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31 May 2021

Australia’s ninth largest mortgage lender is open for business—but mind the risk


5 min

Fertile ground for family feuds and great losses.

Many readers may have read the news that the colloquial ‘Bank of Mum and Dad’ (BOMD) “has about $34 billion estimated in loans, making it the nation’s ninth-largest residential mortgage lender and bigger than HSBC, AMP and Bank of Queensland, according to DFA”[1]. In our experience, BOMD is also a key player in the business lending space. With favourable (usually non-existent) interest rates and a relatively streamlined application process (ask and you shall receive), BOMD has easily become one of the largest and most versatile lenders in the country.

It’s human nature for parents to want to provide for their children in any way possible. Unfortunately, it isn’t as instinctual for parents and children alike to consider the potential financial, legal, or emotional consequences from providing large and usually undocumented loans between family members—particularly in insolvency events.

At Worrells, we’re frequently exposed to situations where either the children or their parents have financial difficulty when BOMD’s nest egg hatches into something far less than anything fruitful (often in the form of a liquidator or a bankruptcy trustee). This can lead to parents being unnecessarily exposed in circumstances where this could have been minimised or completely mitigated if simple steps were followed before the lending.

Below we set out some problematic scenarios and their solutions that may assist to limit children and their parent’s exposure in an insolvency event.

Scenario one
Bob is a company director running a struggling pub. Bob approaches his dad for financial assistance, who kindly helps by transferring, through a series of transactions, funds to and for the benefit of Bob and his pub. Years later, when it became apparent that Bob was likely facing bankruptcy, the dad tried securing the historically advanced funds by drawing up a loan agreement and lodging a caveat on Bob’s real property (which evidently would be the only source of recoveries in a bankruptcy). Upon bankruptcy, the caveat and underlying loan agreement review showed:

  • A lack of proper documentation completed at the time of advancing funds.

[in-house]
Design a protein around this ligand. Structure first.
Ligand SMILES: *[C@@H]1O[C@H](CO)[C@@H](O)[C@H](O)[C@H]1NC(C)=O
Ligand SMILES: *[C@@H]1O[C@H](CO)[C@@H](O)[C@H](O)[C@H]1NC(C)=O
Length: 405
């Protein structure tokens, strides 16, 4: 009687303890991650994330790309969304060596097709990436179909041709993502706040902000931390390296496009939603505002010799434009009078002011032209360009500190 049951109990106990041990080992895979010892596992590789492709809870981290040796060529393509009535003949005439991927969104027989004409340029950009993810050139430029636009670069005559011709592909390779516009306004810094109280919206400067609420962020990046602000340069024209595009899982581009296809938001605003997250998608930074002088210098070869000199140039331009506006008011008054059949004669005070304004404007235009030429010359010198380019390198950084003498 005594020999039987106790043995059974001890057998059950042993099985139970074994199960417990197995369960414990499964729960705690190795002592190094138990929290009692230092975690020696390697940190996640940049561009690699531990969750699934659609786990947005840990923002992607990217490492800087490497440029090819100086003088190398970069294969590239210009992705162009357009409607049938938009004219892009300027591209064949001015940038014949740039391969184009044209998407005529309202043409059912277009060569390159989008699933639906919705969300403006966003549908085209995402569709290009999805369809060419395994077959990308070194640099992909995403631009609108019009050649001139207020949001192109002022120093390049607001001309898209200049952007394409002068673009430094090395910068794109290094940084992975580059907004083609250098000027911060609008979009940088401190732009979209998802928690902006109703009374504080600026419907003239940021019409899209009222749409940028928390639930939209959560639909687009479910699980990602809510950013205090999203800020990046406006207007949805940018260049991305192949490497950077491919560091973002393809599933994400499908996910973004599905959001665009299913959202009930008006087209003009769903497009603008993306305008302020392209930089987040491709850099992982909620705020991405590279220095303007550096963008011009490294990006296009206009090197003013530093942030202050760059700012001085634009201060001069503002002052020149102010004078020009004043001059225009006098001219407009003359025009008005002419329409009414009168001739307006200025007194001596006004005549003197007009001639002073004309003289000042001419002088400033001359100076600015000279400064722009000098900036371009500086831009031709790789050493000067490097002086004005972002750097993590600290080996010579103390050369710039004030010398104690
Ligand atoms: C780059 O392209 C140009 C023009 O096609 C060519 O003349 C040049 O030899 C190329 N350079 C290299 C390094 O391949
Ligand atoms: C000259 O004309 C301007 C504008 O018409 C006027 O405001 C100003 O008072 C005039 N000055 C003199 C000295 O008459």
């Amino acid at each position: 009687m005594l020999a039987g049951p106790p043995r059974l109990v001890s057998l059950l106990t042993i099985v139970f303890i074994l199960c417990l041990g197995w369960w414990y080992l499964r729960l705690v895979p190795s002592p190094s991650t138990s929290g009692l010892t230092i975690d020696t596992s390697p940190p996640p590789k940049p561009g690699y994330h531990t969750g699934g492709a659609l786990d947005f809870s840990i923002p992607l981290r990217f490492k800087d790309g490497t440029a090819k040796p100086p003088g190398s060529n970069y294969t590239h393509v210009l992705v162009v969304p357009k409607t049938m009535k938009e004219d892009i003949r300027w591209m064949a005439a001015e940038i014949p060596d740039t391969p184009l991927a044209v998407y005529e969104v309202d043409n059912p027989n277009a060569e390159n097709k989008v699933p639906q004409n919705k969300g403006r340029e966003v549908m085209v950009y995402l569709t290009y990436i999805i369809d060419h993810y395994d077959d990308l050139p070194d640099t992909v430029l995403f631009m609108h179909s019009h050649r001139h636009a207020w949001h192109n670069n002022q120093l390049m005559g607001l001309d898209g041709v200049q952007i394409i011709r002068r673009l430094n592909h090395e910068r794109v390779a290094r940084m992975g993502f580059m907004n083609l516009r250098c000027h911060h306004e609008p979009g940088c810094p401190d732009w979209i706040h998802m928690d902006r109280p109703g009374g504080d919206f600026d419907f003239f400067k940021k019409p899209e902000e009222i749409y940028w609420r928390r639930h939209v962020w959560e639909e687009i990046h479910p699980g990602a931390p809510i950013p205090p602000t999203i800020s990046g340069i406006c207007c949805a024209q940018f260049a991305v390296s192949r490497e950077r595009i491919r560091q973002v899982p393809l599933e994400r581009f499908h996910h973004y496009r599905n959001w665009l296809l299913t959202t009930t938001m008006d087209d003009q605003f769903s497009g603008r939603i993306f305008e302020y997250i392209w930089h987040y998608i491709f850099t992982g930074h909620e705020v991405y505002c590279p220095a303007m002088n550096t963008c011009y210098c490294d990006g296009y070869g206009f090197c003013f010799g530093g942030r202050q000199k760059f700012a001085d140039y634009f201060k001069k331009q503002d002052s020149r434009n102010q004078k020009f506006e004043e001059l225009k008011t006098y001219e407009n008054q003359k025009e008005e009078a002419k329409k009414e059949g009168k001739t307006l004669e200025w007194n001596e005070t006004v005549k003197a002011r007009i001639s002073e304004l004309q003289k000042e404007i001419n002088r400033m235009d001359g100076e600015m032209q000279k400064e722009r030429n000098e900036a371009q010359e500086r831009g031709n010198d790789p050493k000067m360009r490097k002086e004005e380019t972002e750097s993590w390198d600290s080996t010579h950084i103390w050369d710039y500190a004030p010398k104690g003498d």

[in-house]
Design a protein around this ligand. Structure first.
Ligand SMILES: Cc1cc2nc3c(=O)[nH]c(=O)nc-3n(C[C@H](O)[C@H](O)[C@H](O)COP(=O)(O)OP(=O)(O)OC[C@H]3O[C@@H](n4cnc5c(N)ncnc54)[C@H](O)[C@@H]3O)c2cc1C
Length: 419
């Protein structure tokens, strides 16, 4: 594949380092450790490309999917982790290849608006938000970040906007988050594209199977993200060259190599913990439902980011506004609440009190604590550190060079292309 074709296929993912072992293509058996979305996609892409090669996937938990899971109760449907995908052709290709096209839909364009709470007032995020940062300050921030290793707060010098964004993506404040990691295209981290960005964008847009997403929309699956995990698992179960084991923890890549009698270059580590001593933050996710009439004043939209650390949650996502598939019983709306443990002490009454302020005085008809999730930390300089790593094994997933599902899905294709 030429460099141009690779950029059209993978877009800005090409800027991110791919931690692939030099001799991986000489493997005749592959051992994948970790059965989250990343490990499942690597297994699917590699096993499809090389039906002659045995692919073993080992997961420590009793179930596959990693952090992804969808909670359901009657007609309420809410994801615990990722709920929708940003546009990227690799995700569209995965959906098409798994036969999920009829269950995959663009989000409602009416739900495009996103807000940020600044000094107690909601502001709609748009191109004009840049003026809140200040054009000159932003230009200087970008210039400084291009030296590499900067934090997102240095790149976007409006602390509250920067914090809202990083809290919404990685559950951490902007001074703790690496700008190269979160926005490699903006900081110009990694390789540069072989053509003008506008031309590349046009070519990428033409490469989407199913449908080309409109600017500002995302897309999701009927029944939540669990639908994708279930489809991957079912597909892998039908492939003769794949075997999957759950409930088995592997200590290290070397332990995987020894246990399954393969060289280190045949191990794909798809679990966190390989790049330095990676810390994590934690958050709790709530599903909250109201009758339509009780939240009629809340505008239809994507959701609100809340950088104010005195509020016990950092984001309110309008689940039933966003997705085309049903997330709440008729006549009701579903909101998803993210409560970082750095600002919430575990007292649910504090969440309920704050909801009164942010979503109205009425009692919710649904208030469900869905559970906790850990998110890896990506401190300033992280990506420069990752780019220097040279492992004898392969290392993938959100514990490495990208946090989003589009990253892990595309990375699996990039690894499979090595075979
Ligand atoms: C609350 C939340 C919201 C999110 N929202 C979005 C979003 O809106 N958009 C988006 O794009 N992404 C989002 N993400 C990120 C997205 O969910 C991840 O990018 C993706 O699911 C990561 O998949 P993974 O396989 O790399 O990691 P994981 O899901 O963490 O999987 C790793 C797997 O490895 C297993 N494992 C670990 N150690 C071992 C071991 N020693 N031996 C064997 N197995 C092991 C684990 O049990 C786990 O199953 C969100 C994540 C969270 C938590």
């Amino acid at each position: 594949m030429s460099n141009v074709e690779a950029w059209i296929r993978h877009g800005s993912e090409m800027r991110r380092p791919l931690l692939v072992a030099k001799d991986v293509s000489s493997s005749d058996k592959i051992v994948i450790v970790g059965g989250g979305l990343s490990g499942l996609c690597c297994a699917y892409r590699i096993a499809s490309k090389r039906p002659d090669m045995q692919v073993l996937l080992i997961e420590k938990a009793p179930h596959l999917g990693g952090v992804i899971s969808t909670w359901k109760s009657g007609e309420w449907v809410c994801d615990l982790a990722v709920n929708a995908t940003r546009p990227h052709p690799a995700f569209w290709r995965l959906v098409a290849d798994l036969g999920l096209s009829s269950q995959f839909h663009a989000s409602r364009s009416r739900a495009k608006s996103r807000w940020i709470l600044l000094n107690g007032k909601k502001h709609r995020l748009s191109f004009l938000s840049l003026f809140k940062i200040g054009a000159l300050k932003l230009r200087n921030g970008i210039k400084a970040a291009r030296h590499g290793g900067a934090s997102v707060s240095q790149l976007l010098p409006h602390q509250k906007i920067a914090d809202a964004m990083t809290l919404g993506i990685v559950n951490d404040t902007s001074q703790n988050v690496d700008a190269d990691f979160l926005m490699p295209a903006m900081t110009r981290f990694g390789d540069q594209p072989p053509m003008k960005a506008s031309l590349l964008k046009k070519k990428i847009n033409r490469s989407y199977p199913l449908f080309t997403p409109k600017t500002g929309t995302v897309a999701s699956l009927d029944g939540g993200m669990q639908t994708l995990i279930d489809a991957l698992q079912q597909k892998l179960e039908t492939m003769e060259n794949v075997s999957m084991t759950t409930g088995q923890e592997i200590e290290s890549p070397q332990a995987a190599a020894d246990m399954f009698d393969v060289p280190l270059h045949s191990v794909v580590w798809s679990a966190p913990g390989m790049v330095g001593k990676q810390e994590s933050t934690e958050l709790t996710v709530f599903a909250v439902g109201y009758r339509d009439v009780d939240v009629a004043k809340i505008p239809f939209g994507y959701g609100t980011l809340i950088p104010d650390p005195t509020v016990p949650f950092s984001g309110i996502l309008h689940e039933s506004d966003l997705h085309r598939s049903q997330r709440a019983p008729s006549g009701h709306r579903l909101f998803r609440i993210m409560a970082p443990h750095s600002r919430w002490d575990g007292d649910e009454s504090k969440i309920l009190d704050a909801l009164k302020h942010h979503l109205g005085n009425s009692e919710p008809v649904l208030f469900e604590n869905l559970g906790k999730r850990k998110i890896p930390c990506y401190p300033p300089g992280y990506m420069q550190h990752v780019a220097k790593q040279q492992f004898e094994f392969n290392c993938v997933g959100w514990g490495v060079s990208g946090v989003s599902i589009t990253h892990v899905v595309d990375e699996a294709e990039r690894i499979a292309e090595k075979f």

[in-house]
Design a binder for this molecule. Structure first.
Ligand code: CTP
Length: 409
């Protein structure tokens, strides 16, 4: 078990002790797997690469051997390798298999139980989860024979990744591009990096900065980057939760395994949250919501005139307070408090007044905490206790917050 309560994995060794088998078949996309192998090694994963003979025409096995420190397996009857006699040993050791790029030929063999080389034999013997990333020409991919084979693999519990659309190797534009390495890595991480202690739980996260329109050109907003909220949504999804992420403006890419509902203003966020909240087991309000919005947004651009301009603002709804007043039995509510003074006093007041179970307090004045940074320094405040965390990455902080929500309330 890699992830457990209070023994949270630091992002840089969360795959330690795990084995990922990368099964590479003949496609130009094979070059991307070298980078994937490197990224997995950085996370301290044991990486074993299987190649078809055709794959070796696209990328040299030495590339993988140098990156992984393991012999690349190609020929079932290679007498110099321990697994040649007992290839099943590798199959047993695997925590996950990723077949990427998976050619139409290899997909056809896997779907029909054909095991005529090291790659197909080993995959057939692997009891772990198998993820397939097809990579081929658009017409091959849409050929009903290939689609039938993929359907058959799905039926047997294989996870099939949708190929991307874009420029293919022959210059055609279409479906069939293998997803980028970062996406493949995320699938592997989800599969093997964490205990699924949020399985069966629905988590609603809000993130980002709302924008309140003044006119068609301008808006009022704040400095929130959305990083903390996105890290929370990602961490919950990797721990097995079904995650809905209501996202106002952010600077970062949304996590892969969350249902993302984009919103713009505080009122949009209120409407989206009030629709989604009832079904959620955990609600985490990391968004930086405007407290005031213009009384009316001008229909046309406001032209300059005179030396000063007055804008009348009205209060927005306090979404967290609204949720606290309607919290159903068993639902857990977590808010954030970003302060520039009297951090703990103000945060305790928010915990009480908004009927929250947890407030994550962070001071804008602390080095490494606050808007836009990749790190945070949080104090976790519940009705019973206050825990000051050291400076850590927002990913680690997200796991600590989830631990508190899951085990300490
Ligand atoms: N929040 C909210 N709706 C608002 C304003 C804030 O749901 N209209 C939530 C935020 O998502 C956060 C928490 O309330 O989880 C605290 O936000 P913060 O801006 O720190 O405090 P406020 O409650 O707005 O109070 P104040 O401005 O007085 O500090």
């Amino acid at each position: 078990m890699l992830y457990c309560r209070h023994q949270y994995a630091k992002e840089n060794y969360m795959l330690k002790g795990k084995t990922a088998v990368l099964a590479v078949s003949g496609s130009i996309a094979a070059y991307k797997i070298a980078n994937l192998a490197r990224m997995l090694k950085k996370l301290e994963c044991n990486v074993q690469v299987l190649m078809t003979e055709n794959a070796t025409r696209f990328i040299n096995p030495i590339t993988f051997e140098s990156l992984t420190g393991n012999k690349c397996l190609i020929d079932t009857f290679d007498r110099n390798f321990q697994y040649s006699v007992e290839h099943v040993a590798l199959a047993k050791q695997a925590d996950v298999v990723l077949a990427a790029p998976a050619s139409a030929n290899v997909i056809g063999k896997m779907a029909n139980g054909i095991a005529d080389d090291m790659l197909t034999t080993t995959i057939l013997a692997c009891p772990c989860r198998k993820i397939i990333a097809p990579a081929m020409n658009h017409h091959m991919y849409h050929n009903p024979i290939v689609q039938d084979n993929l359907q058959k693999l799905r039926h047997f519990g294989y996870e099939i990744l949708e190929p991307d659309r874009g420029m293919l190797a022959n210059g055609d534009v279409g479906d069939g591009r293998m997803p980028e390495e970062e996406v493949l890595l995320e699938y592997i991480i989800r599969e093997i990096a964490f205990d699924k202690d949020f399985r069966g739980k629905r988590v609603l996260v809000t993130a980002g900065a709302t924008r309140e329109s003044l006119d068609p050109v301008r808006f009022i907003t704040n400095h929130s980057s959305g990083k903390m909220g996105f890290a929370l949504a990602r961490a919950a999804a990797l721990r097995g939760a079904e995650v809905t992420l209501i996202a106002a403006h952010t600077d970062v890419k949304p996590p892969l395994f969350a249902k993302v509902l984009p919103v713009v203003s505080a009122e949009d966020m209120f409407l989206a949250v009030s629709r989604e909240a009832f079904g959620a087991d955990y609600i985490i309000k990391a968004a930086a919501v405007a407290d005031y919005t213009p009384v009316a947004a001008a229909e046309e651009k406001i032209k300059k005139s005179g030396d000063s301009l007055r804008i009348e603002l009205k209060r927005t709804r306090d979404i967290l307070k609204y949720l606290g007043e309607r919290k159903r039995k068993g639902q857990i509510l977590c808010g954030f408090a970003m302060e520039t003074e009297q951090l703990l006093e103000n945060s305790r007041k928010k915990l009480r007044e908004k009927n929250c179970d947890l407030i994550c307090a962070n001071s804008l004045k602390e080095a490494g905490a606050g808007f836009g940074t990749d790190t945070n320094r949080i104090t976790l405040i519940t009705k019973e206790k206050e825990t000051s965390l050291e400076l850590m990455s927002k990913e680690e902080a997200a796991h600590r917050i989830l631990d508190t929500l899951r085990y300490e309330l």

• The loan agreement was likely to be invalid.

  • The father was unable to substantiate the loan nor reconcile the actual amount advanced and to whom it had been advanced.

The father’s last-minute effort to secure his position proved to be too little, too late; and proved a costly mistake. The agreement was invalid, and due to being unable to substantiate what, if any, amount had been actually loaned, meant that it was unlikely the father could be admitted as an unsecured creditor. Ultimately, it was apparent that the father would be left with zero return from Bob’s bankruptcy.

Scenario two
Jane is the company director of a struggling beauty salon. Again, Jane approaches her parent for financial assistance. In the coming months (and in a move we would think is well and truly the opposite of what most advisors would recommend), Jane’s mum almost emptied her entire superannuation account into the struggling business. Despite these efforts, the business eventually failed and entered into liquidation. Jane’s mum became an unsecured creditor in the liquidation for the funds advanced; and unfortunately, did not receive a distribution from the liquidation due to a lack of sufficient recoveries.

Jane’s mum was left with no superannuation for her retirement and Jane was left without her business. We suspect that had Jane or her mum sought proper advice prior to advancing and receiving unsecured loans, it is likely that this scenario would have ended in far less heartbreaking circumstances.

What can be done?

Some useful tips for any party considering entering into a BOMD agreement are:

  • Properly document any agreement you come to. Have your advisor prepare or review the documentation to ensure it is appropriate and serves the purpose it is created for—i.e. the agreement itself is valid and enforceable.

  • If possible, secure your position. Register your agreement on the Personal Property Securities Register or lodge a caveat (should circumstances permit) over real property at or around the time of advancing the funds.

  • Avoid, as far as possible, having BOMD advance loans to fund cash-flow deficiencies. If funds are to be loaned, limit it to the purchase of fixed assets only, which can (at the least) be used as some security for the advances.

  • Treat BOMD advances no differently than from a typical lender. That is, ensure there is an ability to secure any loans and/or ensure there is an ability to meet regular repayments.

  • Approach a professional and qualified advisor for assistance as early as possible and prior to advancing any funds.

Any lending is inherently risky, but with some relatively simple and often overlooked steps when funds are loaned between family members, you can ensure that you/ your client are better placed in the event things don’t go according to plan. We know that financial consequences can be catastrophic with large personal losses due to insolvency events. But perhaps the lesser-known (and arguably more devastating) effect is the irreparable damage and complete breakdown of family relationships that often flow on from these types of loans; where one party is often left wondering what went wrong and whether they were misled when providing funds.

If you or your clients have any queries or concerns regarding potential BOMD lending implications in insolvency scenarios, please reach out to your local Worrells partner.

Drew Austin, a supervisor in our Melbourne office wrote this article, with assistance from Nathan Deppeler.


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